Community Memorial and Colgate University Present Go Red for Women Lunch and Learn Event

Feb. 10, 2016 – Treated to a complimentary healthy brown bag lunch, event attendees heard from three Community Memorial Hospital (CMH) providers: David Grover, PA and Ray Carlson, MD from Hamilton Heart Center and Cindy Marshall, NP from CMH Family Health Centers in a panel discussion moderated by Colgate University’s Adjunct Professor of the Health Sciences and Student Health Services Director Merrill Miller, MD. Each presenter spoke on a different topic relating to current cardiovascular risk, recommendations and treatment specific to women.

The common warning from each presenter was: if you smoke, stop. Cindy Marshall stated, “It is the one thing you can do that is completely in your control.” Other lifestyle risks which contribute to an increased risk for heart disease are lack of exercise, diabetes, obesity and alcohol abuse. But it wasn’t just the risk factors mentioned that were eye opening for the attendees.

“Women are more likely to die from a cardiac event than men because women’s symptoms are quite different. You rarely hear about the common crushing chest pain in women and as such, women typically ignore their symptoms or attribute them to some other ailment,” said David Grover, PA. He went on to discuss current research in the area of women’s cardiovascular disease including stroke risk and interventional techniques. Dr. Ray Carlson added a different spin on the discussion, demonstrating statistics which show that the field of cardiology is a male dominated specialty in medicine and may result in a lack of understanding of women’s symptoms and risk factors.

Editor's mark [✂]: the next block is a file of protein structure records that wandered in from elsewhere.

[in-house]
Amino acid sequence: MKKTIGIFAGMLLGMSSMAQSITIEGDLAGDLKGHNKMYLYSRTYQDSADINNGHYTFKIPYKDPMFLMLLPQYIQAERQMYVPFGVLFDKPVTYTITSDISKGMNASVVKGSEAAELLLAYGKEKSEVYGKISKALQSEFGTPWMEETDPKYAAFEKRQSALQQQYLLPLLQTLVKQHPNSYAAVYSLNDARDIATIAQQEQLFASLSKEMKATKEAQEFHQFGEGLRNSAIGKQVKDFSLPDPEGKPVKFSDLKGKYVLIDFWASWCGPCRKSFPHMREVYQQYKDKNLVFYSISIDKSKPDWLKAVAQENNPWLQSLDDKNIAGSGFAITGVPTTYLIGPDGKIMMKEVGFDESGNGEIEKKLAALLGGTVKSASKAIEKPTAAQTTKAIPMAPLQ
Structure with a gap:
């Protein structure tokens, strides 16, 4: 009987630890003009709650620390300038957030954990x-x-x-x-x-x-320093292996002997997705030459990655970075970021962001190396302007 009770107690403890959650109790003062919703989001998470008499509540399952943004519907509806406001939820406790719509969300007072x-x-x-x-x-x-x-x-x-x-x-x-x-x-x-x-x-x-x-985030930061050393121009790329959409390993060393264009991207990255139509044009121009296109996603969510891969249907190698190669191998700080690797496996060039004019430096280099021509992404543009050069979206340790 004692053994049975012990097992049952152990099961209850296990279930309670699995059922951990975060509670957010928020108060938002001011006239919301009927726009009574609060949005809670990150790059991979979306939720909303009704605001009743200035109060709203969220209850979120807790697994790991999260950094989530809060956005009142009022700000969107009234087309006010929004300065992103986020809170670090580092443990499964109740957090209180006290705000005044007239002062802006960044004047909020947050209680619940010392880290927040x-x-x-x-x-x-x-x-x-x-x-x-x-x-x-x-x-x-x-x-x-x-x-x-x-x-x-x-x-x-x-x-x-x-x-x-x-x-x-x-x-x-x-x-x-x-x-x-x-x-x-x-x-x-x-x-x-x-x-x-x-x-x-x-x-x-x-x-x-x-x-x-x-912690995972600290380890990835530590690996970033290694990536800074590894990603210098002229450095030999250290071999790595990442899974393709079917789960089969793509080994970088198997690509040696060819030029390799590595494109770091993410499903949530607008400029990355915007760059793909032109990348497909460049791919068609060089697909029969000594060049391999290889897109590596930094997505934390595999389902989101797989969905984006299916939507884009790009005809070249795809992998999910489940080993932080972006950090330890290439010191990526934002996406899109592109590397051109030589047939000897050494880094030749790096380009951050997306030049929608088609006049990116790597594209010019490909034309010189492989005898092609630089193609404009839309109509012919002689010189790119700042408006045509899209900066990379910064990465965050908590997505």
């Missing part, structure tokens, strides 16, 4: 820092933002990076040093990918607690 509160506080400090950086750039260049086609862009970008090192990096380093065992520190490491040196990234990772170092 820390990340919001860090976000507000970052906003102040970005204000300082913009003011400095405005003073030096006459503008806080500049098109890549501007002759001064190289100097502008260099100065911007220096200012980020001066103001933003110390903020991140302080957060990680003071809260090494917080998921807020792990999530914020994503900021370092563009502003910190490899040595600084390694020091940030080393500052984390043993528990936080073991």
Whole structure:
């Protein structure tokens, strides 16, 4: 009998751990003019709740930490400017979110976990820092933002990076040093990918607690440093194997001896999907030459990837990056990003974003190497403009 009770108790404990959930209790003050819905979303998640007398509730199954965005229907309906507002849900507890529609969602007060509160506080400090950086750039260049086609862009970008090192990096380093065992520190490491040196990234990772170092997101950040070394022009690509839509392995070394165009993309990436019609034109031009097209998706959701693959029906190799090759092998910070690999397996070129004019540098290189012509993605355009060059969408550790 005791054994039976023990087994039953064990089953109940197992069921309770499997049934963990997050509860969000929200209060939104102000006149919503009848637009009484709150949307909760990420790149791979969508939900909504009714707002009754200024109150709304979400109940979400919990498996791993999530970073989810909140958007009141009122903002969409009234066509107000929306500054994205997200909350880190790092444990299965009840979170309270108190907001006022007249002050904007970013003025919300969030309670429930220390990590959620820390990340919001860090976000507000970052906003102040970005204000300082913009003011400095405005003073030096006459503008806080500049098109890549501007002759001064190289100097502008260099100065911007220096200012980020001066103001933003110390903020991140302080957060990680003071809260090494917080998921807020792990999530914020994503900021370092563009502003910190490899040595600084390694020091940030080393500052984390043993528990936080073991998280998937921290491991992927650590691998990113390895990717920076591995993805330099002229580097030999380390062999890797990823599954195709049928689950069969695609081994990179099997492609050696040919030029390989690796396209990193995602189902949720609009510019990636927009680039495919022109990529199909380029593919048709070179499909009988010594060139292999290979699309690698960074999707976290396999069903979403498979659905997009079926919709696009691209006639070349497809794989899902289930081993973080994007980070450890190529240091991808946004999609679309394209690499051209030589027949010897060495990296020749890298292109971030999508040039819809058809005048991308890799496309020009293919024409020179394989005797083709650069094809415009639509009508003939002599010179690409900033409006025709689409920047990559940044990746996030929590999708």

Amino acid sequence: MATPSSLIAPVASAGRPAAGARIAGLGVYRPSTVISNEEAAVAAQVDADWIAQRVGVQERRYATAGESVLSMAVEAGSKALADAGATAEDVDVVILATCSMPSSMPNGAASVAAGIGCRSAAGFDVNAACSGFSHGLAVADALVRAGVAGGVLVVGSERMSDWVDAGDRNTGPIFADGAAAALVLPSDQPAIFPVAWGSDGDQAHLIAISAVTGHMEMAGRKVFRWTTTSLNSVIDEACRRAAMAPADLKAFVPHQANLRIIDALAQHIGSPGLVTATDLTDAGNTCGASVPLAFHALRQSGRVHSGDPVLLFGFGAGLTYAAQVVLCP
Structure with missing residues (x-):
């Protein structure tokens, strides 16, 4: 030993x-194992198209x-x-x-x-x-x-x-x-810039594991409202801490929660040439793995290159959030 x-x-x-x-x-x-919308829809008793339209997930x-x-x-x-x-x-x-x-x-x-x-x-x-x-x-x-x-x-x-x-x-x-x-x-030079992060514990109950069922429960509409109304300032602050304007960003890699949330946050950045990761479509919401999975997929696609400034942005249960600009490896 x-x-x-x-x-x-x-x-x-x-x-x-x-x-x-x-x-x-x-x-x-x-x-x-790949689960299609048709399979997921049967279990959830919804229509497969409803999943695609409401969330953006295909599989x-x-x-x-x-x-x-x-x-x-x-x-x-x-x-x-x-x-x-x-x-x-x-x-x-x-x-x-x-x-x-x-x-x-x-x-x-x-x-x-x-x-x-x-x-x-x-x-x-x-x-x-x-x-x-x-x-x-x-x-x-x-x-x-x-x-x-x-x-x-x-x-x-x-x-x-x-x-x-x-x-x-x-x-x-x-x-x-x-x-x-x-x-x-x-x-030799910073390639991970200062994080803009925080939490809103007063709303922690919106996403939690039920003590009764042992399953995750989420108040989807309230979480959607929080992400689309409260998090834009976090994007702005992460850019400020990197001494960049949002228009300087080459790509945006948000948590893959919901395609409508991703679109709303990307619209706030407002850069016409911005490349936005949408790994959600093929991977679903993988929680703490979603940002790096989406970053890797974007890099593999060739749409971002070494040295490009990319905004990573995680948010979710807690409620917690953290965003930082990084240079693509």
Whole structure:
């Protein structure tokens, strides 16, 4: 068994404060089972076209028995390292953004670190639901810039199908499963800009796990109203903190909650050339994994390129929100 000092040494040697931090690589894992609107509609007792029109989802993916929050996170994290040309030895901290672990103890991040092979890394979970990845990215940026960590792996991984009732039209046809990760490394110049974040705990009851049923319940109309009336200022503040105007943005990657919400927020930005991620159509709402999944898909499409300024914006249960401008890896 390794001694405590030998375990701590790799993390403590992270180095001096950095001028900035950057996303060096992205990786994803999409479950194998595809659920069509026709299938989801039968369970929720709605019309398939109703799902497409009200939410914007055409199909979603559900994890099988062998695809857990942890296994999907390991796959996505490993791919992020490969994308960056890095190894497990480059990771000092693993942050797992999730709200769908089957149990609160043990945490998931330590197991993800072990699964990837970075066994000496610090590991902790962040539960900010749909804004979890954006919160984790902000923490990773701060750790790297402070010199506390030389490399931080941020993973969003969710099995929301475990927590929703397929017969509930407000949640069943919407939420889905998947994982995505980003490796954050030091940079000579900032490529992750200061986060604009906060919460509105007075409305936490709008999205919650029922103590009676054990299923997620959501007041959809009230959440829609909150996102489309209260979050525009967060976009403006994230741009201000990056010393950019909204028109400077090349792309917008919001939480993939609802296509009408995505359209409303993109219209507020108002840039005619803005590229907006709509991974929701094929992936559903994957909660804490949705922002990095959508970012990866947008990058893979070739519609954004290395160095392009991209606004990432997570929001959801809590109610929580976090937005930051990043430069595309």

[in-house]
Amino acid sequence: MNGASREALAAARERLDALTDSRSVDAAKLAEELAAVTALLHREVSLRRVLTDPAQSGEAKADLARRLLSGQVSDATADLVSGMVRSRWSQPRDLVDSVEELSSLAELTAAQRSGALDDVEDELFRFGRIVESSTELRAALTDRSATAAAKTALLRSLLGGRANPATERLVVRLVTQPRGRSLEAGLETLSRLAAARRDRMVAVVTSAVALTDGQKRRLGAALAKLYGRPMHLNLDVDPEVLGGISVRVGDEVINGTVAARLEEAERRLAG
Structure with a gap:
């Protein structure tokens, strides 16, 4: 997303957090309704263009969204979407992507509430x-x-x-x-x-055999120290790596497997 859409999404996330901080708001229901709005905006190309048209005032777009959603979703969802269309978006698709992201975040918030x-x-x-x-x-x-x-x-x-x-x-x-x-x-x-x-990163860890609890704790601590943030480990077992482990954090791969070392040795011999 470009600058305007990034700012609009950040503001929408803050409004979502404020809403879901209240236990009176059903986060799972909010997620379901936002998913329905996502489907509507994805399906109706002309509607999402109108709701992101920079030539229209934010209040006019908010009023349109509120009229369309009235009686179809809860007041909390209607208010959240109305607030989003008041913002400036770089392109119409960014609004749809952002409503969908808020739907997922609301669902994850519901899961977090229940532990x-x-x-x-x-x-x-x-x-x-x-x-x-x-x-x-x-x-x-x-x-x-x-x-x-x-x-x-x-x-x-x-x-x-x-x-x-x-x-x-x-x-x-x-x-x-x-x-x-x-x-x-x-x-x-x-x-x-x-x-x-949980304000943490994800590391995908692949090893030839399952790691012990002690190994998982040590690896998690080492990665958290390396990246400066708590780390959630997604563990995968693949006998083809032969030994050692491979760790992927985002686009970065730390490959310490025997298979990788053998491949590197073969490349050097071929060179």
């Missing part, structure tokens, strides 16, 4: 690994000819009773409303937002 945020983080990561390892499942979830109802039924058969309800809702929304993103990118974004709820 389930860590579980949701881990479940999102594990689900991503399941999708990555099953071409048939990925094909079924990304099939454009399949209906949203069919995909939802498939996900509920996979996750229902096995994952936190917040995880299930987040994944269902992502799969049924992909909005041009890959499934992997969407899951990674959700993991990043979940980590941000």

“Female patient encounters with a female cardiologist take on a very different tone than with their male counterparts, and, as such, create more opportunity to catch early onset cardiovascular disease through diagnostic testing and interventional cardiology,” said Dr. Carlson. He added that women should be empowered to understand their bodies and accurately describe symptoms to their providers. Spirit of Women at Community Memorial Hospital is committed to this idea.

“We know that 85% of healthcare decisions in the United States are made by women; either for themselves as patients or for others as caregivers. Putting information in the hands of patients where they can easily access it creates a pathway to better health outcomes for all,” said Dawn Sampson, Spirit of Women Director at CMH.

Spirit of Women will hold four educational events this year, the next event is slated for Monday, May 23 and the focus will be on breast health. For more information on these events and Spirit of Women at Community Memorial Hospital, please visit our website at or call (315) 824-6234.